Some people experience swelling as a reaction to or a side effect
from a medical treatment or surgery. Swelling from a medical treatment may be
related to receiving extra fluids (such as IV fluid) for the procedure, or to a
substance (such as dye) used during the procedure.
Your doctor may give you instructions on how to treat
swelling after a medical procedure. Be sure to follow those
Swelling may occur:
At an intravenous (IV) site. Some swelling and bruising at an
intravenous (IV) site is common. Most IV sites heal
quickly in a few days. If a large amount of swelling occurs, the swelling may
put some pressure on nerves and cause pain or numbness and tingling. Swelling
may also mean an infection—whenever there is a break in the skin, there is
a risk of an infection. An IV site can become infected, and any
signs of infection should be discussed with your
Depending on the site of surgery, bleeding
after surgery may not be visible, but you may notice increased swelling in the
After surgery, an incision may have increased
swelling from a buildup of a yellowish fluid (serum). Skin wounds often collect
serum as part of the normal healing process.
incisions heal well, and some swelling at the site of surgery is normal.
But whenever there is a break in the skin, there is a risk of an
infection. If swelling increases and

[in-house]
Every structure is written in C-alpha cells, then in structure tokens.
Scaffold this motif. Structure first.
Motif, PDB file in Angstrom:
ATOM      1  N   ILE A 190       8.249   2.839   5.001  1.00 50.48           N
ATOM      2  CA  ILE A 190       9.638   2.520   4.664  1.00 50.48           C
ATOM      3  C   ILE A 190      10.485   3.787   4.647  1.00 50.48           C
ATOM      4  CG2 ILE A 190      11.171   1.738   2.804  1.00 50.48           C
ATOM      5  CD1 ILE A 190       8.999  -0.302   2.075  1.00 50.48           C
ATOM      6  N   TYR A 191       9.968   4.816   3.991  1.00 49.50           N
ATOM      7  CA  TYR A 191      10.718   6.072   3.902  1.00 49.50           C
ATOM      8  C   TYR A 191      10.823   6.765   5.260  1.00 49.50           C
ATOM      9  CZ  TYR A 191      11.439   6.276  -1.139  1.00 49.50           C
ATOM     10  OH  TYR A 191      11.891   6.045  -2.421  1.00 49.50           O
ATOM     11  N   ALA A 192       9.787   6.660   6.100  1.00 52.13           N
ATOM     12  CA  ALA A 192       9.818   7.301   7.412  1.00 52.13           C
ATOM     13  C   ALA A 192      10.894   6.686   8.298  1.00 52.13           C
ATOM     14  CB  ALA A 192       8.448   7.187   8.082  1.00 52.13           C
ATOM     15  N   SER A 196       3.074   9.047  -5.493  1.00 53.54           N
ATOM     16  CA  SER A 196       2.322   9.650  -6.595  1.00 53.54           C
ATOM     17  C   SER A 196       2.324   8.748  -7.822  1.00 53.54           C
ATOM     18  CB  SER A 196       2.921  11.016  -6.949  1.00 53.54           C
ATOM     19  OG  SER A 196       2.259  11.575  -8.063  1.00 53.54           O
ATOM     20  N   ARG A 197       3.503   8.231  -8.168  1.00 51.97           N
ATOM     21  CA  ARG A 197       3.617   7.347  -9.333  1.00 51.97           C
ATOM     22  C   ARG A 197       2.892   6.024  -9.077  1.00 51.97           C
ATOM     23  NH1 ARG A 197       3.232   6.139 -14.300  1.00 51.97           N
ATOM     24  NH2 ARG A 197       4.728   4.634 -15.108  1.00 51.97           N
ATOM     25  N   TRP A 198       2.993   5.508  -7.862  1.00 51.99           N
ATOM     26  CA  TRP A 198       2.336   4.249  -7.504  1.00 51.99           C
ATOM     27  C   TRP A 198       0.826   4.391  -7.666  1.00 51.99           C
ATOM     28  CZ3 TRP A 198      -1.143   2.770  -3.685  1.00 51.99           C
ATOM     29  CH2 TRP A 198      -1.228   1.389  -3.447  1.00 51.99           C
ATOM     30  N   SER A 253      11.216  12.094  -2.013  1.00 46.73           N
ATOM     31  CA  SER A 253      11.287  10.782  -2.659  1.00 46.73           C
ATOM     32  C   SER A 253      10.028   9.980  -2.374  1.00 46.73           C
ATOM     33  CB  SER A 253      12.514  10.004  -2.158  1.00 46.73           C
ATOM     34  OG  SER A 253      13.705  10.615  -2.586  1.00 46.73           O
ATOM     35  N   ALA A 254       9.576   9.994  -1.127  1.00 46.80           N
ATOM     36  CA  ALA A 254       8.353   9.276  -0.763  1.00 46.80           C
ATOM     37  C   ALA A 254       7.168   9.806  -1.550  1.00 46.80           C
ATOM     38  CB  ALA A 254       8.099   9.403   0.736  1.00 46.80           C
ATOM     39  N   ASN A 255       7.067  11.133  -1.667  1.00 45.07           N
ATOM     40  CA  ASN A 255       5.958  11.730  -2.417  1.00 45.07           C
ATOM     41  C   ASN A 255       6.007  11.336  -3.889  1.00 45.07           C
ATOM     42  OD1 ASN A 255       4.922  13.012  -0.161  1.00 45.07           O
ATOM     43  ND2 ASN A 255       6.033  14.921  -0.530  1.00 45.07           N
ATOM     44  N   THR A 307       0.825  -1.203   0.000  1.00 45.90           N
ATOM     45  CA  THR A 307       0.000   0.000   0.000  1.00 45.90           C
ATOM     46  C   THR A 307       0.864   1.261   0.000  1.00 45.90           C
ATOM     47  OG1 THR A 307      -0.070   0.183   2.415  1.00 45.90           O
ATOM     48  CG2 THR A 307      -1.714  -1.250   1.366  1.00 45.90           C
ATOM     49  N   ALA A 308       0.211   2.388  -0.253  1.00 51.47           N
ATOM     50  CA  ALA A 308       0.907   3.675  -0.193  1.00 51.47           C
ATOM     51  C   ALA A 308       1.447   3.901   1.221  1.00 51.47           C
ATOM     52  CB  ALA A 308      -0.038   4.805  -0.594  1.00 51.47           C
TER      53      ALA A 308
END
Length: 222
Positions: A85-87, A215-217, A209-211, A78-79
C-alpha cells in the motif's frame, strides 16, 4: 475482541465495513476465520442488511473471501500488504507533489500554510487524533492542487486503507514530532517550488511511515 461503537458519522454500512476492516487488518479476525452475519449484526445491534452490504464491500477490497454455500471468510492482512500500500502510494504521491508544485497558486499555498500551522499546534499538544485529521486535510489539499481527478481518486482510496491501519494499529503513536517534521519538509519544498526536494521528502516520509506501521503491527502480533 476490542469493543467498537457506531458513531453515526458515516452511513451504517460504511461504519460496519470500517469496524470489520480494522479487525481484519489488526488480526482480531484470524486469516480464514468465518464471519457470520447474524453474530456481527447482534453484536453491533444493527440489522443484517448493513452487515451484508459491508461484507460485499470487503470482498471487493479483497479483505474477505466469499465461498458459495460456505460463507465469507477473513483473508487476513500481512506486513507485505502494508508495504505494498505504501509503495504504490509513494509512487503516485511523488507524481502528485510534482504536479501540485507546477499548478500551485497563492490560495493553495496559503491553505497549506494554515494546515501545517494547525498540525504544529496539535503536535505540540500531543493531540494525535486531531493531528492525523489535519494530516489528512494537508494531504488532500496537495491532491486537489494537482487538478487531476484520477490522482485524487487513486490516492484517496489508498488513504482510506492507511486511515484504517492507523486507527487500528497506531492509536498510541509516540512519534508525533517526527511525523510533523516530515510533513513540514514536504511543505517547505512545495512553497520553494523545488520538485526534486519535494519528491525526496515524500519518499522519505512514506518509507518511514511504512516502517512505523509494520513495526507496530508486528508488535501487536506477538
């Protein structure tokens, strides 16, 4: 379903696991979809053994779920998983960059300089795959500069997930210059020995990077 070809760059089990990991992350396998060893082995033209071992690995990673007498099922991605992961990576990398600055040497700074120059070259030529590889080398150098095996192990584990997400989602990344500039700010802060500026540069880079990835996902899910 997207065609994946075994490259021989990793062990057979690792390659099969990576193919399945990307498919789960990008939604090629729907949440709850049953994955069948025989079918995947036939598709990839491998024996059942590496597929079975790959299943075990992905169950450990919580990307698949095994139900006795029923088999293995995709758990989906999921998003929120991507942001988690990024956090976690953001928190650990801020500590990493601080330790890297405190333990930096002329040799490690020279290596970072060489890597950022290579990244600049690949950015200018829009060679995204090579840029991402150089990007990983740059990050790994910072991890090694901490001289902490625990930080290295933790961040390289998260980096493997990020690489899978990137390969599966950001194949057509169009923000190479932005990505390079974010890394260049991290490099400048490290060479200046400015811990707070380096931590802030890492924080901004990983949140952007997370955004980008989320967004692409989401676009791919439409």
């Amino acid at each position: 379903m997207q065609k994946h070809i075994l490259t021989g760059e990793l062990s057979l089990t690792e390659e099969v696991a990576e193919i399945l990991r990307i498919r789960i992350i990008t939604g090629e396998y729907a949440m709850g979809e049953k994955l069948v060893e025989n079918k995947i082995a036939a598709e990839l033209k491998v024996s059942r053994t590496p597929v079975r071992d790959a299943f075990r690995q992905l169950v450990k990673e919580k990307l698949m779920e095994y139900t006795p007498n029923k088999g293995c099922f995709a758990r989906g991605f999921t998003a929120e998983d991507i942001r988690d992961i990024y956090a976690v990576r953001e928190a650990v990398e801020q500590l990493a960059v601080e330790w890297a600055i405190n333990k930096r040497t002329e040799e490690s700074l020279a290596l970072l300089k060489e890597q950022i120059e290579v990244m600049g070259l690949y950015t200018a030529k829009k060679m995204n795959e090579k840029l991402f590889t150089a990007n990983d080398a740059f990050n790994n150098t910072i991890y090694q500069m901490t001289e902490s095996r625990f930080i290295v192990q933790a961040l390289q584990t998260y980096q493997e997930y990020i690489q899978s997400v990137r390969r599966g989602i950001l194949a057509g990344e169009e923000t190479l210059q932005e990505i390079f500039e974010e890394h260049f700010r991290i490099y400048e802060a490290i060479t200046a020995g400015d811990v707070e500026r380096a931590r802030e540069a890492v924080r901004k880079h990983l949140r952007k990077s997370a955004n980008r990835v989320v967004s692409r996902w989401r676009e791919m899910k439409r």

signs of infection develop, call your doctor.
If a splint, wrap, or cast was applied too tightly
after surgery, this might cause swelling. New or increased swelling of the
affected area that is accompanied by severe pain may mean
compartment syndrome, especially if cold, pale skin
and numbness or tingling has developed. This is a serious complication that
needs emergency medical treatment.
From cancer treatment.Radiation therapy may cause body fluid to collect near
the treated area. Also, swelling can occur after lymph nodes have been removed
during surgery for cancer; this is called
lymphedema. Lymphedema usually occurs near the treated
ByHealthwise Staff Primary Medical ReviewerWilliam H. Blahd, Jr., MD, FACEP - Emergency Medicine Specialist Medical ReviewerDavid Messenger, MD
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